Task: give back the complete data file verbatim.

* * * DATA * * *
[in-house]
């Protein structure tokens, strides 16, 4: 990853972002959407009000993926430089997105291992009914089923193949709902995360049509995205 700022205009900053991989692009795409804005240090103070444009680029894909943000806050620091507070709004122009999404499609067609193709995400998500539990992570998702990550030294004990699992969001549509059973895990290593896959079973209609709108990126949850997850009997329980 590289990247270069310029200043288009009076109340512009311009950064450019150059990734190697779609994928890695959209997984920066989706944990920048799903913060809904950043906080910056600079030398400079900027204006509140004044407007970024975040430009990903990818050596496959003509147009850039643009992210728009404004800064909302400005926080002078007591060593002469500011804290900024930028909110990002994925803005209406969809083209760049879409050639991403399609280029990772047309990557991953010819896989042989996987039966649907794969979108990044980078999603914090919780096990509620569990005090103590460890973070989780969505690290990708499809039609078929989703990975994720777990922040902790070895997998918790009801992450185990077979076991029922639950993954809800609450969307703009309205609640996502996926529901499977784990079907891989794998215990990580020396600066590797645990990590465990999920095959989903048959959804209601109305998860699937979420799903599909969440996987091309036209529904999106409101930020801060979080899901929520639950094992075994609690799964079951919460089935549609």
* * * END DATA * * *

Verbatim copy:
[in-house]
């Protein structure tokens, strides 16, 4: 990853972002959407009000993926430089997105291992009914089923193949709902995360049509995205 700022205009900053991989692009795409804005240090103070444009680029894909943000806050620091507070709004122009999404499609067609193709995400998500539990992570998702990550030294004990699992969001549509059973895990290593896959079973209609709108990126949850997850009997329980 590289990247270069310029200043288009009076109340512009311009950064450019150059990734190697779609994928890695959209997984920066989706944990920048799903913060809904950043906080910056600079030398400079900027204006509140004044407007970024975040430009990903990818050596496959003509147009850039643009992210728009404004800064909302400005926080002078007591060593002469500011804290900024930028909110990002994925803005209406969809083209760049879409050639991403399609280029990772047309990557991953010819896989042989996987039966649907794969979108990044980078999603914090919780096990509620569990005090103590460890973070989780969505690290990708499809039609078929989703990975994720777990922040902790070895997998918790009801992450185990077979076991029922639950993954809800609450969307703009309205609640996502996926529901499977784990079907891989794998215990990580020396600066590797645990990590465990999920095959989903048959959804209601109305998860699937979420799903599909969440996987091309036209529904999106409101930020801060979080899901929520639950094992075994609690799964079951919460089935549609």